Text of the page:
Bills of exchange are commonly used for commercial transactions inPortugal. In order to be valid, however, they are subject to stamp duty whose rate is set each year in the country's budget. The current rate of stamp duty is 0.5% of the amount of the bill, with a minimum of one Euro.

A bill of exchange is generally deemed independent of the contract to which it relates.

 

While creditors, in the event of payment default, are not required to issue a protest notice before bringing an action to court, such a notice can be used to publicise payment default and pressure the debtor to honour his obligations, albeit belatedly.

 

In the event of default, cheques, bills of exchange and promissory notes offer effective guarantees to creditors as they are enforceable instruments in law and entitle holders to initiate “executory proceedings”. Under this process, creditors may petition the court to issue a writ of execution and notify the debtor of such an order. Where the debtor still fails to pay up, creditors may request the court officer to issue an attachment order against debtor’s property.

 

Electronic transfers via the SWIFT network are also widely used by Portuguese companies and are a quick, reliable and cheap way of payment.

 

If the buyer fails to order a transfer, the legal remedy consists in instituting ordinary proceedings, or summary proceedings based simply on an unpaid invoice.

 

Debt collection

 

Out-of-court collection starts with the debtor being sent 4 demands for the payment of the principal amount. Interests can be requested to debtor but are normally difficult to collect inPortugal.

 

Since 1st October 2004, interest rate set henceforth by decree of the Treasury Department, will be published in theDiário da República during the first fortnight of January and July each year and be applicable for the six coming months. Unless the parties have agreed different interest rates in their commercial agreement, the default interest rates to be considered are the above mentioned

 

The order to pay procedure (Injunção) applicable to commercial claims considered uncontested – and, since 19 March 2003, whatever the amount involved – is heard by the court in whose jurisdiction the obligation is enforceable or the court where the debtor is domiciled. Since September 2005, the injunction may be served as an electronic file.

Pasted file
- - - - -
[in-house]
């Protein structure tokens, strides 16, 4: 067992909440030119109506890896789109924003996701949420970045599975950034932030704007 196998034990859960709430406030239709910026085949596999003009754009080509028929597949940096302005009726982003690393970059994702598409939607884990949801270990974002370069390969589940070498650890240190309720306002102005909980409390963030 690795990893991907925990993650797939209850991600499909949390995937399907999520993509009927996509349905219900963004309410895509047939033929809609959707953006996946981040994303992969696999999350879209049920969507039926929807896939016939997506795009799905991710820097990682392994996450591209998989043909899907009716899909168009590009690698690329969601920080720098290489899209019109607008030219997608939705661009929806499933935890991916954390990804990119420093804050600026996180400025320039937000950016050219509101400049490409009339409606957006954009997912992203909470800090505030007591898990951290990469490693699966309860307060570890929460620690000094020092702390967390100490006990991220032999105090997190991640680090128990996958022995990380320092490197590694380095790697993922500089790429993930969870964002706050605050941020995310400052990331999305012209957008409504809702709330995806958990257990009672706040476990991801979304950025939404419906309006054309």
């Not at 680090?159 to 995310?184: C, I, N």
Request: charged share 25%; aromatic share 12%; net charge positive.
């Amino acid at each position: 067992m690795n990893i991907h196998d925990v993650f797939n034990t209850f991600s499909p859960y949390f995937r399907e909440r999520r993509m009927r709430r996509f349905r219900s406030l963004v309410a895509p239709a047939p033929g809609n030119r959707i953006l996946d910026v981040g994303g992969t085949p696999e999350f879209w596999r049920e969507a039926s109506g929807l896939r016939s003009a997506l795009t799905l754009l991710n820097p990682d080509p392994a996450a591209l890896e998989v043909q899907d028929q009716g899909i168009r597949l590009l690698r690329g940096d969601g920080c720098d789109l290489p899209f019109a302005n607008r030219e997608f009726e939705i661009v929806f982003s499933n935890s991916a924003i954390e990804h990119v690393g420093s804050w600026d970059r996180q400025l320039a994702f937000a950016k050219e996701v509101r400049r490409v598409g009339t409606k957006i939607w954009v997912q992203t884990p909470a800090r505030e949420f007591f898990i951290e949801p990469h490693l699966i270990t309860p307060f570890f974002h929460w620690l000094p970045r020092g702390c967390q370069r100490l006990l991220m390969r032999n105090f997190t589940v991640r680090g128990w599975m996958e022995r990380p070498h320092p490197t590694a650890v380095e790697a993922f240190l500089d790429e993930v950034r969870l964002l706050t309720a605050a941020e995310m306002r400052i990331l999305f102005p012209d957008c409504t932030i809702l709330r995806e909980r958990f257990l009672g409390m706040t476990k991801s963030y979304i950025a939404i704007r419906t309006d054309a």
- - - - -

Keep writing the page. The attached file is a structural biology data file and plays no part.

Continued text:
The National Injunctions Office (Balcão Nacional de Injunções / BNI) located inOporto, has exclusive jurisdiction throughout the country with the electronic processing of the order to pay procedure.

 

Such action must be performed under electronic form when it is instituted by a lawyer.

Now, the majority of orders to pay procedure are electronically submitted to the BNI.

 

For disputed claims, creditors may initiate formal and costly “declarative proceedings” (acção declarativa), to obtain a ruling establishing their right to payment. They must then initiate the "executive proceedings" (acção executiva) to enforce the court’s ruling.

 

Under the revised Code of Civil Procedure, any original deed established by private seal (i.e. any written document issued to a supplier) in which the buyer unequivocally acknowledges his debt is henceforth deemed an instrument enforceable by law. Since the 1st of September 2013, with the recent revision of the Code of Civil Process, the written signed payment plans can no longer be used to initiate “executory proceedings” unless they are recognized by notary.

 

Recourse in civil matters allows the judge to adapt the procedure to the needs of each case and accelerate the pace of the proceedings.

As well, a decree-law seeks to improve the process of the executive proceedings by suppression of some procedural formalities and by a better distribution of tasks between the judge of execution and the servant of execution (agente de execução).

 

In the scope of the recent restructuring of the courts in Portugal since 01 September of 2014, it was created more courts specified in commercial issues. The Courts of first instance were reduced to 23 Courts (in each capital of district) and there are 21 sections specialized in commercial issues called“secção de Comercio” (Secções de Competência Especializada).  These sections deal specifically with insolvencies and matters related to commercial companies. It was created too 16 sections specialized in Enforcement Procedures (“Secções Especializadas”).

insolvency trend Portugal 2015
Top
  • Danish